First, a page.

Episode 4: Experimental Artist & Library Gangster, Nicole McCarthy


featuring Seattle-based writer/poet/artist Nicole McCarthy. Nicole is from the pacific northwest. She earned her MFA in Creative Writing & Poetics from the University of Washington Bothell. Her work has been performed and encountered through installation pieces throughout Seattle & Tacoma.

Put down the holiday cookies and pick up your headphones, friends, because we snagged an exclusive podcast interview with experimental artist Nicole McCarthy! In this episode, Nicole chats about her artistic journey, her biggest influences, and how we can use art to rid ourselves of shame. She also explains how she became a library gangster. Literary journals we chat about in the podcast include: The Shallow Ends, Glass Poetry Press and Hugo House. Writers we shamelessly name drop include: C.A. Conrad, JM Miller and Harryette Mullen.


Did we mention Prickly Pear Podcast has a fabulous sponsor? That’s right, we’re working with Oakes & Alder day spa and apothecary to record our podcast in their lovely space in North End, Tacoma! We’re big fans of Oakes and Alder’s spa services, natural skincare products and bulk herbs. Learn more about the spa on Facebook or Instagram!

book review: big magic

I’ve already decided, folks, that I refuse to be a languishing, suffering writer. And I refuse to be an author who lives in poverty in order to”stay true to the arts.” I won’t link my craft to my worst attributes or habits, either (sorry Plath and Poe, I just don’t have the energy …) For some reason, though, a lot of aspiring writers do things just like this all the time. They strap all sorts of pressure and bad juju onto their creative backs and walk around like sad hunchbacks. But thank goodness for us, in her book “Big Magic: Creative Living Beyond Fear,” Elizabeth Gilbert convinces writers to let all that nonsense go and allow yourself to fall back in love with the process, not the outcome, of following your creativity.

Gilbert’s “Big Magic” is an easy-to-read, non-fiction book that falls into the categories of inspirational and self-help reads.  Interestingly, the book is separated into chapters which focus on emotional principles that readers should pay attention to while engaged in the creative process. A few examples are trust, courage, and persistence, each of which has a chapter devoted to understanding how to use these traits to allowing yourself to develop a healthy relationship with creativity and inspiration.

Now I must admit here, that when I started reading this book, I was a little afraid that it would be too similar in content and style to other books that I’d recently read in the same category (like The Desire Map). I could not have been more wrong about that, though, and here’s why: “Big Magic” is a vastly unique book. In the text, Gilbert focuses on a few key points: you must learn to recognize when creativity and inspiration are knocking on your door, and then you must cultivate your relationship with them by working diligently, every day, towards your chosen passion.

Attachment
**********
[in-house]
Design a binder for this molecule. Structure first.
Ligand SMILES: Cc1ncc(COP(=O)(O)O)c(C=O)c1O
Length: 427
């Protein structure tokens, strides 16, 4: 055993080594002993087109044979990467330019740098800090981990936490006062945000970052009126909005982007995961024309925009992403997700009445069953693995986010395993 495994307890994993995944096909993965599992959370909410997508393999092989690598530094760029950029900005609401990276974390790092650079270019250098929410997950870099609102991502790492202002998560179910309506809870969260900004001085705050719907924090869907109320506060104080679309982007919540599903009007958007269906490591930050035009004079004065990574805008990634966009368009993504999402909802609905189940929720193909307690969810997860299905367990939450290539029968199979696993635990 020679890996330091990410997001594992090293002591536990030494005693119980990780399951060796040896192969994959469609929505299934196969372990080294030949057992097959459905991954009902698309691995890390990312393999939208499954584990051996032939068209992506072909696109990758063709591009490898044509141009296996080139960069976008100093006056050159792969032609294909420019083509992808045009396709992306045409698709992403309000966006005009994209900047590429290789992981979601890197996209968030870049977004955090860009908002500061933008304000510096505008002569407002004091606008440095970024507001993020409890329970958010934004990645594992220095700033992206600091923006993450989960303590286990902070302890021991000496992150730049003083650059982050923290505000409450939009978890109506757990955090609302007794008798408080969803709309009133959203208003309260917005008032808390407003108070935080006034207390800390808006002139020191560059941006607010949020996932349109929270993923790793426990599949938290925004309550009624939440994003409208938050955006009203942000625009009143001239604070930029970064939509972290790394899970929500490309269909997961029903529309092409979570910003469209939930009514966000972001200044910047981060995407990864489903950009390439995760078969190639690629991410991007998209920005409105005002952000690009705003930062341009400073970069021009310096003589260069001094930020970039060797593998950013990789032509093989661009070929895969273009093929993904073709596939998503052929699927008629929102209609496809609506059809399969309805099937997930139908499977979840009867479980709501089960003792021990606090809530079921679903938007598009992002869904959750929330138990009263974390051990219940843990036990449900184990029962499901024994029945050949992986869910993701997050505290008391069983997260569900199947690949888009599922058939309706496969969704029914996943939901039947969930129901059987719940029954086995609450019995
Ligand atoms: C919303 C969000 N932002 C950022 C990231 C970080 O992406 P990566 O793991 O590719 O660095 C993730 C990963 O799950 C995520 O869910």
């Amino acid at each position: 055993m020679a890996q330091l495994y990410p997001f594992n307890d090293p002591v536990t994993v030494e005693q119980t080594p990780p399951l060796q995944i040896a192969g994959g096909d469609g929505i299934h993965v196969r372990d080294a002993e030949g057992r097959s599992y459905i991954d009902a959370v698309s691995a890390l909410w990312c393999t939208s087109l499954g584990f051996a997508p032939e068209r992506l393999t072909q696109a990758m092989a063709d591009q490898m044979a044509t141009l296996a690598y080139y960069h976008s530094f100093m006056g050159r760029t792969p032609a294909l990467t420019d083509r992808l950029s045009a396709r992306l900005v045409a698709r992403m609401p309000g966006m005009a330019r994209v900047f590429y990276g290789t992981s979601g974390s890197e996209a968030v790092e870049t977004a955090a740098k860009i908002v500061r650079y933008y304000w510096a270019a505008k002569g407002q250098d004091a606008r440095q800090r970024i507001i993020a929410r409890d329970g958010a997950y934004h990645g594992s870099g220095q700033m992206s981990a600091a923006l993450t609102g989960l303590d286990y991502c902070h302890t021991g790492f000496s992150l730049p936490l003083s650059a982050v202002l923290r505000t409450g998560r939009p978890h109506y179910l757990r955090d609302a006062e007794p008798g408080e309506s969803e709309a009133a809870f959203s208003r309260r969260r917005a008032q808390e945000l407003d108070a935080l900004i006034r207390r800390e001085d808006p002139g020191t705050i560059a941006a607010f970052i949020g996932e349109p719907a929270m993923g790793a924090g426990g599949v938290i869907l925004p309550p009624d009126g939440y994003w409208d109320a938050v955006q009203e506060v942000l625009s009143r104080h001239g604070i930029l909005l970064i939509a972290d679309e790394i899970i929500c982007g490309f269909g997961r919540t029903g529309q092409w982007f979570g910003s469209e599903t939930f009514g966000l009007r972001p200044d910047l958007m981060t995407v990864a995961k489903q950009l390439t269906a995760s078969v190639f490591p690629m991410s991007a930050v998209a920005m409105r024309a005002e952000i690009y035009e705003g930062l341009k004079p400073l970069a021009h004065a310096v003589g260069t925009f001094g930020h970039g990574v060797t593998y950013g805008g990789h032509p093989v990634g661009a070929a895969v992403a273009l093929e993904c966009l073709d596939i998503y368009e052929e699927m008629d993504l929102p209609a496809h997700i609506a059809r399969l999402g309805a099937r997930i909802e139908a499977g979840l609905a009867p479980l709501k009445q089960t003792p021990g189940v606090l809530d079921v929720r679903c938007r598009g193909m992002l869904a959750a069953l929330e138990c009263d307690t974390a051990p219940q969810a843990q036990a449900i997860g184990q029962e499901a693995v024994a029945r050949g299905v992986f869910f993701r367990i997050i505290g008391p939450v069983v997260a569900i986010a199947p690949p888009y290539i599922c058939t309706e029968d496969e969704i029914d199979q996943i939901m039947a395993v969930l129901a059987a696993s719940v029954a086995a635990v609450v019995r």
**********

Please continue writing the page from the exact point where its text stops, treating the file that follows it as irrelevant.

In the pages of “Big Magic,” Gilbert explains to writers, painters, or artists of any kind, really, that the beauty of creativity lies in your process and daily practice, not in your outcome. Gilbert writes that you should let yourself fall in love with creativity and inspiration, have an affair with them if you want, and at the very least, cherish them, rather than putting unnecessary pressure on yourself to “produce” or be “successful.” Instead, just enjoy your creative journey and appreciate the things you’re learning along the way. If you do this, Gilbert says, you’ll find a personal dedication towards, and trust in, your good ol’ buddy, creativity.

Overall, I was surprised and delighted by the message that Elizabeth Gilbert delivers in “Big Magic.” This book is incredibly readable and is written in a friendly, conversational tone that will, without a doubt, pull you into its pages and convince you to change the way you think about inspiration and creating. If you enjoy books that focus on positivity and living with a sense of purpose and dedication to creativity (like I am, all the way, baby), then this is definitely the book for you. It’s an amazing and quick read, and I highly, highly recommend it.

For more on Elizabeth Gilbert, visit her website ElizabethGilbert.com

Happy reading!


How to Become a Famous Writer Before You’re Dead by Ariel Gore

goreDear authors waiting for publishers to finally get back to you with bad news, poets tired of pasting rejection letters on your bathroom wall, and novelists hiding in basements while clutching your manuscript for dear life, Ariel Gore has something to say to you: If you want to become a famous, successful author before you die, you need to get off your butts and do it yourself. Publish your own book, write and send out your own zines, and have some faith in your ability, for goodness sake. In her wonderful and sassy book, How to Become a Famous Writer Before You’re Dead: Your Words in Print and Your Name in Lights, Ariel Gore sets the tone for underground, DIY marketing and publishing for writers at any level.

From start to finish, How to Become a Famous Writer Before You’re Dead is filled with wit and sass as Gore convinces readers to take their future into their own hands. Once you start reading, it will become clear that this book is an amazing resource for aspiring and established authors alike. With just under 300 pages, it’s chalk full of interviews from well-known authors, writing exercises, and practical advice on how to get your writing out into the world, once and for all. Continue reading “How to Become a Famous Writer Before You’re Dead by Ariel Gore”